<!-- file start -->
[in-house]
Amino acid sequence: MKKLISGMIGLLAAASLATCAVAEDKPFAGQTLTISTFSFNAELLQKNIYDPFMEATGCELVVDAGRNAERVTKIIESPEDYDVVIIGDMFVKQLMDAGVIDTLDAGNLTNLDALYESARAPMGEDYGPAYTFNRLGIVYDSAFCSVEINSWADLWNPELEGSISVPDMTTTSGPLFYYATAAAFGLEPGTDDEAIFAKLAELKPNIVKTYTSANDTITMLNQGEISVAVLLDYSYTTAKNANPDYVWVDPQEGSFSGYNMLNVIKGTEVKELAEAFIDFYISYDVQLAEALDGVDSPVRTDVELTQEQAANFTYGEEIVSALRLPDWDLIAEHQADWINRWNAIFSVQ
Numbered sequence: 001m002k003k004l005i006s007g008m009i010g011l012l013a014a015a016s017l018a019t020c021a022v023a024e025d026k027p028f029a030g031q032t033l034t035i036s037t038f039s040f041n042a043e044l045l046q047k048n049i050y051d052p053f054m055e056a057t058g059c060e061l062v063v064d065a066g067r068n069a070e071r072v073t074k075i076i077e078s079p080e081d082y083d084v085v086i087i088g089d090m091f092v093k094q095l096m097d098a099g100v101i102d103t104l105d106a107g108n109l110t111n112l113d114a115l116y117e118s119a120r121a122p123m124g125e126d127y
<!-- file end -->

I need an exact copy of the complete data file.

[in-house]
Amino acid sequence: MKKLISGMIGLLAAASLATCAVAEDKPFAGQTLTISTFSFNAELLQKNIYDPFMEATGCELVVDAGRNAERVTKIIESPEDYDVVIIGDMFVKQLMDAGVIDTLDAGNLTNLDALYESARAPMGEDYGPAYTFNRLGIVYDSAFCSVEINSWADLWNPELEGSISVPDMTTTSGPLFYYATAAAFGLEPGTDDEAIFAKLAELKPNIVKTYTSANDTITMLNQGEISVAVLLDYSYTTAKNANPDYVWVDPQEGSFSGYNMLNVIKGTEVKELAEAFIDFYISYDVQLAEALDGVDSPVRTDVELTQEQAANFTYGEEIVSALRLPDWDLIAEHQADWINRWNAIFSVQ
Numbered sequence: 001m002k003k004l005i006s007g008m009i010g011l012l013a014a015a016s017l018a019t020c021a022v023a024e025d026k027p028f029a030g031q032t033l034t035i036s037t038f039s040f041n042a043e044l045l046q047k048n049i050y051d052p053f054m055e056a057t058g059c060e061l062v063v064d065a066g067r068n069a070e071r072v073t074k075i076i077e078s079p080e081d082y083d084v085v086i087i088g089d090m091f092v093k094q095l096m097d098a099g100v101i102d103t104l105d106a107g108n109l110t111n112l113d114a115l116y117e118s119a120r121a122p123m124g125e126d127y